COURTESY USGS HAWAIIAN VOLCANO OBSERVATORY
Strong tradewinds fanned the gas-and-ash plume from Halemaumau Crater in this early morning photo taken Monday from the Steaming Bluff overlook.
Gas readings at elevated level for Pahala
Crater emissions were reported for a period of three days in March
HILO » The town of Pahala, 50 miles southwest of Hilo, experienced slightly elevated levels of sulfur dioxide gas from Halemaumau Crater during three days in March, according to data from the state Department of Health.
The method of reporting, a single number giving a 24-hour average, tends to downplay the worst of the gas, but Marya Schwabe, living in Wood Valley near Pahala, had no doubt about its unpleasant effects.
"It really was difficult to breathe," she said. For six to eight hours it was really intense, like smog in a city, she said. But she added, "It wasn't all day."
Federal law requires the state to publish the number if the 24-hour average goes over 0.140 parts per million. On Sunday the reading was 0.181 ppm, followed by 0.154 ppm on Monday. The level also hit 0.149 ppm on March 19.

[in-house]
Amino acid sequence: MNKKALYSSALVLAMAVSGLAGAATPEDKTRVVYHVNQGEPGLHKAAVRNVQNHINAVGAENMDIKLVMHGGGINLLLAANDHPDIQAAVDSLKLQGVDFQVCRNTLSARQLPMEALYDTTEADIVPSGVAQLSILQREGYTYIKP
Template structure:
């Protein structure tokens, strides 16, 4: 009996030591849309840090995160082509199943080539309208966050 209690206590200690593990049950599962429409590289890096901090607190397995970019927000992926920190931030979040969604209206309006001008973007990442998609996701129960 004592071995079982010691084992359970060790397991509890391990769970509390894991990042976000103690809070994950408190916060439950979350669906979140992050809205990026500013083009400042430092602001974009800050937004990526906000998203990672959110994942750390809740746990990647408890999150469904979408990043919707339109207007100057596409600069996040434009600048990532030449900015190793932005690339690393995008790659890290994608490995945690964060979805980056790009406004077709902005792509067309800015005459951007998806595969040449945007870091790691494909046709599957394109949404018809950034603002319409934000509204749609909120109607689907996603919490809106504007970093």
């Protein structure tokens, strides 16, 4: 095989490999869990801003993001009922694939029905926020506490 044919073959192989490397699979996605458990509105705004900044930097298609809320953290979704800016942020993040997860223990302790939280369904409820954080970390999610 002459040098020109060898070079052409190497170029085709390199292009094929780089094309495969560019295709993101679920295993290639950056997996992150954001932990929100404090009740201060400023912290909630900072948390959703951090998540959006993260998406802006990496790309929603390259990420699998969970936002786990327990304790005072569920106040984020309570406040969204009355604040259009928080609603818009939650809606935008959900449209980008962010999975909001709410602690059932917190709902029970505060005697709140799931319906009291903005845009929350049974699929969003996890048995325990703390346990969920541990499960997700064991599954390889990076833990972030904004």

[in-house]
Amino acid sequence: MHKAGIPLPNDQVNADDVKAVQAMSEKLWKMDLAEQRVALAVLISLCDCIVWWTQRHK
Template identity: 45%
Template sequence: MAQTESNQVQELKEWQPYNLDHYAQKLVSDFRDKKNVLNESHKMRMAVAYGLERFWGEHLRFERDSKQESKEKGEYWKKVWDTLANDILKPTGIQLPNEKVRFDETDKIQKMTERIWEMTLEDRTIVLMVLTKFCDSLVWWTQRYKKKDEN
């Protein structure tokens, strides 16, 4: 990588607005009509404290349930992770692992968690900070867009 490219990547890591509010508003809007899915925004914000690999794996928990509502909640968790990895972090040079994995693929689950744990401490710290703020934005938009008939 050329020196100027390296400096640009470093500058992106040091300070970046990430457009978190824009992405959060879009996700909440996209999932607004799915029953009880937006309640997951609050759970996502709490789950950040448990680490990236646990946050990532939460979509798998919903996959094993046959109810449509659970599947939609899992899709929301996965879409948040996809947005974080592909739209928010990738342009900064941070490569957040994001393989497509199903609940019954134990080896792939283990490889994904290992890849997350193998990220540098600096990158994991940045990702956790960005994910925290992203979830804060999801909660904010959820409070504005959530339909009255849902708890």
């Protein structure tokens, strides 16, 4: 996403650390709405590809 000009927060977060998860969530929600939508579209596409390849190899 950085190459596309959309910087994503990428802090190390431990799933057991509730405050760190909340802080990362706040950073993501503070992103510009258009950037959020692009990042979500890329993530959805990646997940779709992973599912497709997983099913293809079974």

Different standards for different time periods confuse the picture.
In February, Hawaii Volcanoes National Park planned to let people drive through areas with 1 part per million, but had to close part of Crater Rim Drive when drivers stopped too long.
This week, Hawaii County put out a brochure with danger levels expressed in a color code from green (minimal) to purple (possible evacuation). No numbers were included, but the brochure says sensitive people may be affected by even traces of the gas.
Evacuation is not required at the levels experienced in Pahala, the Health Department said. In fact, the advice is to stay indoors and drink liquids.